Age a Factor in Concussion Symptom Severity

child concussion head injury
child concussion head injury
Children in the youngest age group consistently reported worse scores on all measures than those in the highest age group.

Younger children are more likely to show more severe symptoms of concussion than older children, with a slightly higher rate among boys than girls, according to a quantitative assessment in JAMA Pediatrics.1 Age was the largest single variable influencing child Sport Concussion Assessment Tool (SCAT3) scores, with worse scores reported among younger children, suggesting normative values for concussion in children should be age-specific.

Investigators from multiple institutions in Wisconsin assembled a cohort of 478 child athletes (234 girls and 241 boys) ranging in age from 5 to 13 years (mean age, 9.9 years; standard deviation [SD], 1.9 years) playing in competitive organized sports leagues and teams from May 31 to August 12, 2014. The parents of all children enrolled also participated.

The children were assessed at baseline, using the Child SCAT3, a standardized, multiassessment tool for evaluating the presence and severity of concussion in preadolescents aged 5 to 12 years.2 The Child SCAT3 assigns both a parent- and child-rated number score (0-20) and a severity rating (0-60), with higher scores indicating a greater burden of symptoms. The tool also uses a pediatric version of the Standardized Assessment of Concussion score to evaluate the child’s sense of orientation, memory, and concentration, where higher scores indicate better performance. Finally, a test of balance was performed.

Children in the youngest age group (age 5-7 years) consistently reported worse scores on all measures than those in the highest age group (age 11-13 years), including higher mean symptom severity scores (18.2 [SD, 10.0] vs 11.3 [SD, 9.0]; mean difference, 6.86 [95% CI, 4.22-9.50]; effect size, 0.74) and lower scores on the total Standardized Assessment of Concussion-child version (mean, 19.5 [SD, 5.1] vs 26.1 [SD, 2.1]; mean difference, −6.59 [95% CI, −7.49 to −5.68; effect size, −2.1). Performance on the modified Balance Error Scoring System and tandem gait tests were also significantly worse in the younger group.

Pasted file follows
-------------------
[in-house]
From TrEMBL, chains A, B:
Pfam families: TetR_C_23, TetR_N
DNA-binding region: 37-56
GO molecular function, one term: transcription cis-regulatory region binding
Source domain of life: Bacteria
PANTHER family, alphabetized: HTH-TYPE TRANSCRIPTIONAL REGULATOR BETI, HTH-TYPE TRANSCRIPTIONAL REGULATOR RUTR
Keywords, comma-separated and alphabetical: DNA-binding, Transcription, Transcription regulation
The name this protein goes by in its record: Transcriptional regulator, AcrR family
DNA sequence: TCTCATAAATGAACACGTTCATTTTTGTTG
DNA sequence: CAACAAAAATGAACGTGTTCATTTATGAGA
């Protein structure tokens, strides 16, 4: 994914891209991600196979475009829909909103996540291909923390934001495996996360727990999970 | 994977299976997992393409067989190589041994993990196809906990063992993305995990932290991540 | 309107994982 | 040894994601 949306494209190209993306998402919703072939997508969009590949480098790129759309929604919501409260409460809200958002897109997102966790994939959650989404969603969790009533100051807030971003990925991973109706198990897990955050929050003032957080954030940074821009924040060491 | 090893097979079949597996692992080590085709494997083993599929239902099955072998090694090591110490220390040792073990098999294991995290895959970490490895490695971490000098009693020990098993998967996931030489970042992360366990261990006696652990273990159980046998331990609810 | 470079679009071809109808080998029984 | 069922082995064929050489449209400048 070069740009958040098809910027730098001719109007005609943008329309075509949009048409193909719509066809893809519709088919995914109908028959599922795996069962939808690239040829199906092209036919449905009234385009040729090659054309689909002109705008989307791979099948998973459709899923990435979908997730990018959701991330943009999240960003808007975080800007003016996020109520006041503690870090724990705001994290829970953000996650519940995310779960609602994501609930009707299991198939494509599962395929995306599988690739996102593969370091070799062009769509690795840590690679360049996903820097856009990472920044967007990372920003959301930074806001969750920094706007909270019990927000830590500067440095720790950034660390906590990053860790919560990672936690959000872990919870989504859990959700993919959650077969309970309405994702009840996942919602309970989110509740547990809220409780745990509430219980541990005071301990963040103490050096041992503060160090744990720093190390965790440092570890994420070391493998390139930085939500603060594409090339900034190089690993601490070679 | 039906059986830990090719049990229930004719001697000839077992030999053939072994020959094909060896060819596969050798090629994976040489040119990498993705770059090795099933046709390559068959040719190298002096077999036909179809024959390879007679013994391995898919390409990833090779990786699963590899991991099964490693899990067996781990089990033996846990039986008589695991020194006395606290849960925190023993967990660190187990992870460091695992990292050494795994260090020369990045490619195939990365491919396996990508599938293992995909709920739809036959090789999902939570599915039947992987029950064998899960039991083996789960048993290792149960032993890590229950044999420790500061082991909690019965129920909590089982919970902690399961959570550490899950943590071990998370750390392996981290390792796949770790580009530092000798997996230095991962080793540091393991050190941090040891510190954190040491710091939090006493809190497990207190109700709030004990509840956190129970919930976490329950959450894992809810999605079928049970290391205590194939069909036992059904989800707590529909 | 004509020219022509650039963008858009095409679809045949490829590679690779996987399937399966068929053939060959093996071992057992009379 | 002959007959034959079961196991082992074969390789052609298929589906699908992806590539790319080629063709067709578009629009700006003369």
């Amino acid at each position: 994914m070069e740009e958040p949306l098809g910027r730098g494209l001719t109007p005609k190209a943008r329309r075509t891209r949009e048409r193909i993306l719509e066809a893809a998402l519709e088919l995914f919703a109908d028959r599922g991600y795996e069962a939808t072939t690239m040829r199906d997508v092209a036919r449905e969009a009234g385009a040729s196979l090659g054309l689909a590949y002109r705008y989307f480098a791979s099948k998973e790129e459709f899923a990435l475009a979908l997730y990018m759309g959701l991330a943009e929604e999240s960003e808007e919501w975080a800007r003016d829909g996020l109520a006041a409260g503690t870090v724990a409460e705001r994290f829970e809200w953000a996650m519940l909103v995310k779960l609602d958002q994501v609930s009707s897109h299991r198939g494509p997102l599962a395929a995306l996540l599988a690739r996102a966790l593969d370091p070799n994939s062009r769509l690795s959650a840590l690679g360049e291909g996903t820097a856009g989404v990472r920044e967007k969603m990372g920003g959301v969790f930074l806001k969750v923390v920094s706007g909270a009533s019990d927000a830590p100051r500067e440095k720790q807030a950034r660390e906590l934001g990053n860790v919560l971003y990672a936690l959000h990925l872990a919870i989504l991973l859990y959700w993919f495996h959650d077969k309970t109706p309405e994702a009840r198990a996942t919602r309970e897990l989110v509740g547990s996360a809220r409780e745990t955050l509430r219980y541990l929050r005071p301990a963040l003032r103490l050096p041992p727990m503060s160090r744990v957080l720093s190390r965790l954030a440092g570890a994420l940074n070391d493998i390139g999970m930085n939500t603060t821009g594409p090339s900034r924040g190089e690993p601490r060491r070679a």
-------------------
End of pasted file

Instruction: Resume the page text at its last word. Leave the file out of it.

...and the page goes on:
These results were in agreement with a previous study by Nelson et al3 showing that younger children had poorer performance on all tasks than older ones, with the greatest effect on slowing of tandem gait. The current study found a larger effect on concentration, where none of the children in the 5- to 7-year age group could repeat 6 digits backward to the tester, and more than 70% of the group did not know the current date compared with 38.9% of 8- to 10-year-olds.

Although age was a clear factor in the children’s reports of symptoms in this study, it did not appear to influence their parents’ perceptions; they may have attributed some symptoms (such as forgetfulness or being easily distracted) to normal childhood behaviors. There was a slightly higher rate of all symptoms reported by boys, but to a less significant degree.

These findings help establish some variations, particularly by age, in the presentation of symptoms of concussion in child athletes that can be important to the assessment of head injuries in children playing sports. 

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  1. Brooks MA, Snedden TR, Mixis B, Hetzel S, McGuine TA. Establishing baseline normative values for the child sport concussion assessment toolJAMA Pediatr. 2017;171(7):670-677. doi:10.1001/jamapediatrics.2017.0592
  2. Snedden TR, Brooks MA, Hetzel S, McGuine T. Normative values of the sport concussion assessment tool 3 (SCAT3) in high school athletes [published online September 7, 2016]. Clin J Sport Med. doi: 10.1097/JSM.0000000000000389
  3. Nelson LD, Loman MM, LaRoche AA, Furger RE, McCrea MA. Baseline performance and psychometric properties of the Child Sport Concussion Assessment Tool 3 (Child-SCAT3) in 5-to 13-year-old athletes. Clin J Sport Med. 2017;27:381-387. doi: 10.1097/JSM.0000000000000369